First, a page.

US dignitaries warned of Irish gangland feud
US dignitaries who travelled to Ireland for the Easter centenary celebrations were warned of the Hutch/Kinahan feud.
A security alert was issued ahead of the celebrations, as thousands of foreign visitors arrived in the capital.
The alert contained a special "threat assessment" for dignitaries staying in Ireland over the Easter weekend. It was issued by the Irish section of the United States Overseas Security Advisory Council (OSAC).
In a three-page document, a number of warnings are provided, with explicit information about the deadly feud between the Hutch and Kinahan gangs.
The dossier warns of "additional criminal incidents and assassination attempts related to the recent string of violence are possible".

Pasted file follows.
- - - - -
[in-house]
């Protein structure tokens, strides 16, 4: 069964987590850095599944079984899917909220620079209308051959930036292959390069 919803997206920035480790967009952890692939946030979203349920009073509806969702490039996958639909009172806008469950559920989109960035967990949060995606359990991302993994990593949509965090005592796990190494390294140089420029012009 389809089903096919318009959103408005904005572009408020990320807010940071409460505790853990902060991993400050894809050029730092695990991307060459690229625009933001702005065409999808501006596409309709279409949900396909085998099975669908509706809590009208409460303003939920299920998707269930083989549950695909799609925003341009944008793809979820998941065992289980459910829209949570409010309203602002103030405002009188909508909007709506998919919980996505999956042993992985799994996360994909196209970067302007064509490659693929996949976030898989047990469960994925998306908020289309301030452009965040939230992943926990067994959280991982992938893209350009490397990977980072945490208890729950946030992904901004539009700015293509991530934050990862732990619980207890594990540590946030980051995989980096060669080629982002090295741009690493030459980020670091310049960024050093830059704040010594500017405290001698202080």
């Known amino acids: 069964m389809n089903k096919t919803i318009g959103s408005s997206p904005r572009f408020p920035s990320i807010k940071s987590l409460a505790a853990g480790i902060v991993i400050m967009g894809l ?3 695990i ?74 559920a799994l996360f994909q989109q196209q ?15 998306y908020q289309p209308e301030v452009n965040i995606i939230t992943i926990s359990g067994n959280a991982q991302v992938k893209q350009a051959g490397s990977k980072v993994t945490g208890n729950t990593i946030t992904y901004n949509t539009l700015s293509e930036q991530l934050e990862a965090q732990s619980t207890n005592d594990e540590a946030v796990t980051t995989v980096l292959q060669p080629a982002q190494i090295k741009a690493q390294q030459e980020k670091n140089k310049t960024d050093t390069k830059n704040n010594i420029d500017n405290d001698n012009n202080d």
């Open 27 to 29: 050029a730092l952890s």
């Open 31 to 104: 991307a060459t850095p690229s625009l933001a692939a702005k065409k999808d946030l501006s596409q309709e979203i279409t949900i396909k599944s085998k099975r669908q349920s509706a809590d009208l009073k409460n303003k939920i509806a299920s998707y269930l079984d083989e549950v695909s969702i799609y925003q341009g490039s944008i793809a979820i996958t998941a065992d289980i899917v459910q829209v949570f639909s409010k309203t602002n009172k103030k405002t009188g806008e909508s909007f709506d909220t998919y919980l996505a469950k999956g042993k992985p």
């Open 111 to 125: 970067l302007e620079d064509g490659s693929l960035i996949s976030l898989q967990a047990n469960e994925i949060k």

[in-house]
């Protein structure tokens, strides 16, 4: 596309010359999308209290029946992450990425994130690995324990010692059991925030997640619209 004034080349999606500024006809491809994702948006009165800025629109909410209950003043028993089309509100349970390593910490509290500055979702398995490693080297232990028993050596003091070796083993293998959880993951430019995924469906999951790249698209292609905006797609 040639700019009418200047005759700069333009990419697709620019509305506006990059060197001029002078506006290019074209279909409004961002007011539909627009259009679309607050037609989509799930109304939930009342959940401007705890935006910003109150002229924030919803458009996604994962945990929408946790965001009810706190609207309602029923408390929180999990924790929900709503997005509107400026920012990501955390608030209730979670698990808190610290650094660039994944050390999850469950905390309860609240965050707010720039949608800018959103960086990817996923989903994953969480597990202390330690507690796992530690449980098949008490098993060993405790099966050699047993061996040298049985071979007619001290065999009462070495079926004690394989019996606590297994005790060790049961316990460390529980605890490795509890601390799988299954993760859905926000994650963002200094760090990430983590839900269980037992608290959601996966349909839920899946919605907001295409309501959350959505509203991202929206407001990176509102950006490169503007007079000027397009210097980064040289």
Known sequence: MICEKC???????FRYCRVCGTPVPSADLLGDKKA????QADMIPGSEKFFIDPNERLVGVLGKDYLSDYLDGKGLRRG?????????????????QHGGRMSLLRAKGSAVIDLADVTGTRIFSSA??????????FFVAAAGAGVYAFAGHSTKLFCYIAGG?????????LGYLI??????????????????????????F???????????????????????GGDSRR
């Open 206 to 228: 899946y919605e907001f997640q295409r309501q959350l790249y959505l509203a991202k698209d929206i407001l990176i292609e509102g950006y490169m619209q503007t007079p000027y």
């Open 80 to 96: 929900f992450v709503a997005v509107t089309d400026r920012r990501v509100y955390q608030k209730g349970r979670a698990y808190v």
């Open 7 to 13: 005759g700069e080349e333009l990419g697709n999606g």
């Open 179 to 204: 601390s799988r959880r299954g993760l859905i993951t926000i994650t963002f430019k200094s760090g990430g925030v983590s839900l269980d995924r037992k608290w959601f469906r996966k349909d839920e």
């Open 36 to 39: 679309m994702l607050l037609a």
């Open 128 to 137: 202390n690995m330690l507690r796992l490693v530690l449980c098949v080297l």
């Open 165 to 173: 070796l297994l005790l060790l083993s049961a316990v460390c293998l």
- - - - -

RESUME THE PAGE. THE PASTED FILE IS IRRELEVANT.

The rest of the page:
The document, viewed by RTE's This Week programme, is marked "for US private sector security purposes only".
Also discussed in the security alert was the false claims that the Continuity IRA were responsible for the Regency Hotel attack.
However, while acknowledging that these claims were later rejected by the CIRA, the document discusses the "possibly related assassination" of Vinnie Ryan (25).
The dissident republican was gunned down as he sat in a car outside his girlfriend's home on McKee Road in Finglas last month.
However, it is not believed that his death is linked to the feud between the Hutch gang and the Kinahan cartel.
Detectives are investigating whether drug trafficker 'Mr Big' was responsible for the murder of Ryan.
The threat assessment - given to Irish-based members of the OSAC - also warned dignitaries to "avoid speaking about events" surrounding the celebration of the Easter Rising due to the political sensitivity.
The US Embassy did not respond to requests for a comment when contacted by the Herald last night.